Escape report, 2006

The Escape from Alcatraz triathlon in San Francisco, CA, is the most interesting race I've done, and one of the best organized. I highly recommend that you do it if you get a chance, despite the high entry fee (almost 3/4 as much as an Ironman).

After setting up my transition area by 6:30AM, I got in the long line for the busses that took us to pier 3. The bus I got on left for the pier just after 6:45. At the pier there were lots of body markers and porta-pottys. Then we got on the large ferry which took us out to the island. It was a beautiful sunny, calm morning. On the ferry we were given further instructions, and just enjoyed the view of the bay and the Golden Gate in the distance. Shortly before the start of the swim, I stepped inside from the outer upper deck and was surprised and pleased to hear a woman leading the triathletes in prayer for a safe race. It turned out to be triathlon great Barb Lindquist. Once beside the island, the pros and "physically challenged" athletes began to pour over the side. After that, the rest of us were told to begin to file out the door and over the side. I guess I went off after about 2/3 of the 1600 or so participants. There were electronic pickups under a mat at the edge of the deck which picked up our IDs from the chip we each had on an ankle. I went under a few feet, came up and started swimming. It was not nearly as cold as I expected; I doubt if it was much below 60F. I got my goggles knocked loose right away, but didn't lose them because I had them on under my cap. Only a few minutes later I could hear some wind, then noticed the water getting rougher, and fog began to roll in. Soon I couldn't see the tower on shore that we were told to sight on, and only a couple of other swimmers. To sight, I had to change to breast stroke because of the waves. I could tell I needed to correct to the left, so tried to. Soon the fog was so bad I couldn't see the shore at all, and used the sun to guide me. But for a while, I couldn't even tell where that was, and there was no one, nor any boats, in sight. However, I soon saw one swimmer (he was swimming backstroke and went right over me, knocking my goggles loose again), and the fog thinned enough for me to see one of the race boats off in the distance. I think the current was sweeping me toward the Golden Gate, and I must have ended up swimming a lot extra to finally zero-in on the landing site. In all, the swim took me more than 56min., whereas it should have taken me about 45 or so. (They say the conditions and currents vary from year to year, and this year had extra current because of the large amount of moisture they have had in the east bay.)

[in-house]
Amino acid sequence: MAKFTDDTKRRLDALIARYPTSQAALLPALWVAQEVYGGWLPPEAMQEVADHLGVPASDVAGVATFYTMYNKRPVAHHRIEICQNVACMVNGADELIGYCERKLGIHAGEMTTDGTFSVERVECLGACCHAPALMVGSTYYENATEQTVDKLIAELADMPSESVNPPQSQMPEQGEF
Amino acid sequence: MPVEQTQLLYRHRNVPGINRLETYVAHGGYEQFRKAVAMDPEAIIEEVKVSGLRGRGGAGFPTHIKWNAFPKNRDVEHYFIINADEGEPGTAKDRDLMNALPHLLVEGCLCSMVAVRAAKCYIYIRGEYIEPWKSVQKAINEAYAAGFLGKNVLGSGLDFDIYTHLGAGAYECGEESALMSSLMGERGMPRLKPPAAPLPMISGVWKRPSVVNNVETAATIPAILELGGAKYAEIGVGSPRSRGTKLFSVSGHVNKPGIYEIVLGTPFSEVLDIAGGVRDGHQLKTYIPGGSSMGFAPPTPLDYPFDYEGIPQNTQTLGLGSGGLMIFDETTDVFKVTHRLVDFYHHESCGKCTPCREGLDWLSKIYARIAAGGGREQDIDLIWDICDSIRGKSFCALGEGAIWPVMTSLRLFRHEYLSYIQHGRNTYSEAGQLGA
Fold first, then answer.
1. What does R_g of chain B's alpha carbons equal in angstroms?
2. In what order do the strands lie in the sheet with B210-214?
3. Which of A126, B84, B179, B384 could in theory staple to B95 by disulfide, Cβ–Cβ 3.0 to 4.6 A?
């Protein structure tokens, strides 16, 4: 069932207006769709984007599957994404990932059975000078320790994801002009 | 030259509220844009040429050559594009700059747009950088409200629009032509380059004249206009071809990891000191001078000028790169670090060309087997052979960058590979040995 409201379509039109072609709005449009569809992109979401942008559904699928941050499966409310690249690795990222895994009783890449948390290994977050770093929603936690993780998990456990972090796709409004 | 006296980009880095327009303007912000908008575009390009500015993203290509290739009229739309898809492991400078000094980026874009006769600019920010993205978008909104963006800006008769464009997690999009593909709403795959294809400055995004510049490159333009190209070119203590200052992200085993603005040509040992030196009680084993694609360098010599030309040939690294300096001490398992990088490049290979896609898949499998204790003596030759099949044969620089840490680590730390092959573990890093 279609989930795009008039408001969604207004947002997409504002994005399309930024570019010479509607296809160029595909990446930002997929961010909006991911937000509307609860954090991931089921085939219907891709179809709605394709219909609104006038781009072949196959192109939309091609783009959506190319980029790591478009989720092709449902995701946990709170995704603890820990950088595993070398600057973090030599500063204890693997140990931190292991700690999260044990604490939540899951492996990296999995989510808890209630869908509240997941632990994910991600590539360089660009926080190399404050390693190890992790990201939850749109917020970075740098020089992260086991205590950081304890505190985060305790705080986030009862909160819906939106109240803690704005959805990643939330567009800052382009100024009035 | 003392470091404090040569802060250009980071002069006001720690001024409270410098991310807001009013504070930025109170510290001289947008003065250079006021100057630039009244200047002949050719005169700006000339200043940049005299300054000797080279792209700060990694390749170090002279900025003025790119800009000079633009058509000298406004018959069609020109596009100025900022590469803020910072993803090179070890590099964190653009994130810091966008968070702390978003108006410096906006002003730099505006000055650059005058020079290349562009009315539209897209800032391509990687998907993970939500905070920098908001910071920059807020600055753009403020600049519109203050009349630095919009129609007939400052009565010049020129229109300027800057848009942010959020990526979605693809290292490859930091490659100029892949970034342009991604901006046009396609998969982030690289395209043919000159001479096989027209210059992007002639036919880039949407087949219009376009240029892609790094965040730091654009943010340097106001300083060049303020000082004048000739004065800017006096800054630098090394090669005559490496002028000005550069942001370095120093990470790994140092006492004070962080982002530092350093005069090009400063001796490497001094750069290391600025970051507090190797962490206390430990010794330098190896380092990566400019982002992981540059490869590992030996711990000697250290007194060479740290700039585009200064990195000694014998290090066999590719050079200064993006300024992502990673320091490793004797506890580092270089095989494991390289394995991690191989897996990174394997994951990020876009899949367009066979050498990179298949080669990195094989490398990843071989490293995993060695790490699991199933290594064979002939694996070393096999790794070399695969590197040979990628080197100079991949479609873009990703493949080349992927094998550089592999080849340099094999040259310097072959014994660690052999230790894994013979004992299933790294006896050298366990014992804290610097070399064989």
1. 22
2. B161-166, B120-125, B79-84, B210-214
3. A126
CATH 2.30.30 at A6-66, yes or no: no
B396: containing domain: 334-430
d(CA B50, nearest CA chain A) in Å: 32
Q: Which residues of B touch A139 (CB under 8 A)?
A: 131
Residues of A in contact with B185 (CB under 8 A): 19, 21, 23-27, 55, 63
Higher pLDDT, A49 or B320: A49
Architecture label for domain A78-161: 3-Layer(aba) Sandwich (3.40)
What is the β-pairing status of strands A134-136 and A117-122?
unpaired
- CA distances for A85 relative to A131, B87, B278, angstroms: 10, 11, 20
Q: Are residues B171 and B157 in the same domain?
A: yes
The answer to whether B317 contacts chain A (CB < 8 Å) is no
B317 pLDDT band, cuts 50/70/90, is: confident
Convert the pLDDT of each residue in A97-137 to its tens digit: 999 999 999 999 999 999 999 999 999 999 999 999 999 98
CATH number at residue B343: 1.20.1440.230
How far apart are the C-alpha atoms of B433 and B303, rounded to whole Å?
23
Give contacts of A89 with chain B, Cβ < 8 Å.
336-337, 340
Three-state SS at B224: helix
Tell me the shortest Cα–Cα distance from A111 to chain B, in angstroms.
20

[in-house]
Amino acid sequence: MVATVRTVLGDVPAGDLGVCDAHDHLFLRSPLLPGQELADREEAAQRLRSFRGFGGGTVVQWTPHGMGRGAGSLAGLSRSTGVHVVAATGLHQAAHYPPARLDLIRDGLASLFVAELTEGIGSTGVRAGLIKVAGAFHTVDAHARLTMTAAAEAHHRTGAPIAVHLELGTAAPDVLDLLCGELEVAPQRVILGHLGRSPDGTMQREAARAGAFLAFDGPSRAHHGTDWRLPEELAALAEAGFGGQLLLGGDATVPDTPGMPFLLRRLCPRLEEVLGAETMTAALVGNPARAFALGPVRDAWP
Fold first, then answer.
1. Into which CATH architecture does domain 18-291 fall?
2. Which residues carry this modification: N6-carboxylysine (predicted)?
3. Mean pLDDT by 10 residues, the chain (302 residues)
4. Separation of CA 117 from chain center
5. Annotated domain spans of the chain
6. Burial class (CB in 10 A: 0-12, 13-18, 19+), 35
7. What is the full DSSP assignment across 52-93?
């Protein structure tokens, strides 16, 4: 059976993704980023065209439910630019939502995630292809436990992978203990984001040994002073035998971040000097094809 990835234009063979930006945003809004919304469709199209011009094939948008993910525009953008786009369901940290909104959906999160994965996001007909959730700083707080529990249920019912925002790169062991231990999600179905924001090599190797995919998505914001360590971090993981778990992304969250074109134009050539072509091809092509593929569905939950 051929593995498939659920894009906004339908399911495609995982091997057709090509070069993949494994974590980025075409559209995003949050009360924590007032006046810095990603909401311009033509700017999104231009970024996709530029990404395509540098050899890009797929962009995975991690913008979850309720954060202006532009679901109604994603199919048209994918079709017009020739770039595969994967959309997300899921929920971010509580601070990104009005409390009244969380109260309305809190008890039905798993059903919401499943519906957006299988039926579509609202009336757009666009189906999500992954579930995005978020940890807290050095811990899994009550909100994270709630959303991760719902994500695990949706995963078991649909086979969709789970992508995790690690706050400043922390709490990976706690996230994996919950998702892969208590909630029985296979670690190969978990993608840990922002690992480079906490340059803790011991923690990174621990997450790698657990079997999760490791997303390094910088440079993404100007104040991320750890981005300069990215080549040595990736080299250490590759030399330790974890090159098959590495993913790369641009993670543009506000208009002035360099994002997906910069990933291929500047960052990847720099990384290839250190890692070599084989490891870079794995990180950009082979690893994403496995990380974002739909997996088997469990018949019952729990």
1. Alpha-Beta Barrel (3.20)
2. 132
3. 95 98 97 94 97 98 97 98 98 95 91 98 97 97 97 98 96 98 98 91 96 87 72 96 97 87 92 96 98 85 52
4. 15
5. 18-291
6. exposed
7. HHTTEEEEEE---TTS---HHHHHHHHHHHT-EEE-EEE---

I wore "aqua socks" for the swim, so didn't need to put on shoes for the 1/2 mi. run to the transition area. (This gave me the shortest swim-to-bike transition of my age group. Most people had left a numbered bag with an extra pair of shoes to use for this transition run.)

The bike course, while only 18 mi., was a challenge because all but the first and last 2 mi. were up and down. Two of the climbs were long, and there was a short one that must have had a 10% incline. I pushed hard the whole time, didn't hold back much on the downhills, and had the second shortest bike time by only a few seconds in my age group. (Usually I am passed by some in my age group.)

After a short transition time (and a kiss for my wife as I left T2), I started the 8 mi. run, hoping I could run somewhat steadily. Some of you know I have not been able to do that lately; I get a burning in my chest after about 2 mIn., so have to stick in 20-30 seconds walking before running again. This run was no different. But the run course was about 2/3 hills also, so even without the chest pain I would have been walking a lot as an after-effect of the hills on the bike course. After a long climb, the run course descended to the beach and we got to run in sand. Run

When in the dry portion of the sand, I found it hard to even walk. That was also when I realized I should have worn socks for the run; sand in the shoes is not pleasant! The next climb starts with the infamous "sand ladder". I couldn't run a single step of that. After reaching the top of the climb on the return, I started to feel stronger and was able to run at a good pace, but still had to stick in short walks every minute or two to avoid the chest burning.

Having to walk so much had one benefit: My best memories of the race are comments exchanged and conversations with others who were near me during the run. I finished strongly and enjoyed seeing my wife and my sister at the finish. (Having someone you know at the finish of a hard race really makes a difference.) I also got a hug from one of the girls I had spoken with on the run!

Reading through what I have written, I realize it is not very exciting. Usually I make a mistake or have some kind of crisis in a race this long (over four hours), but thankfully the bike ride, in particular, was uneventful. I want to express appreciation to those (mostly family) who I know were asking God for a safe race for me. I am still enjoying memories of this race, and were it not for the chest problem, I would try to enter again next year. I might anyway!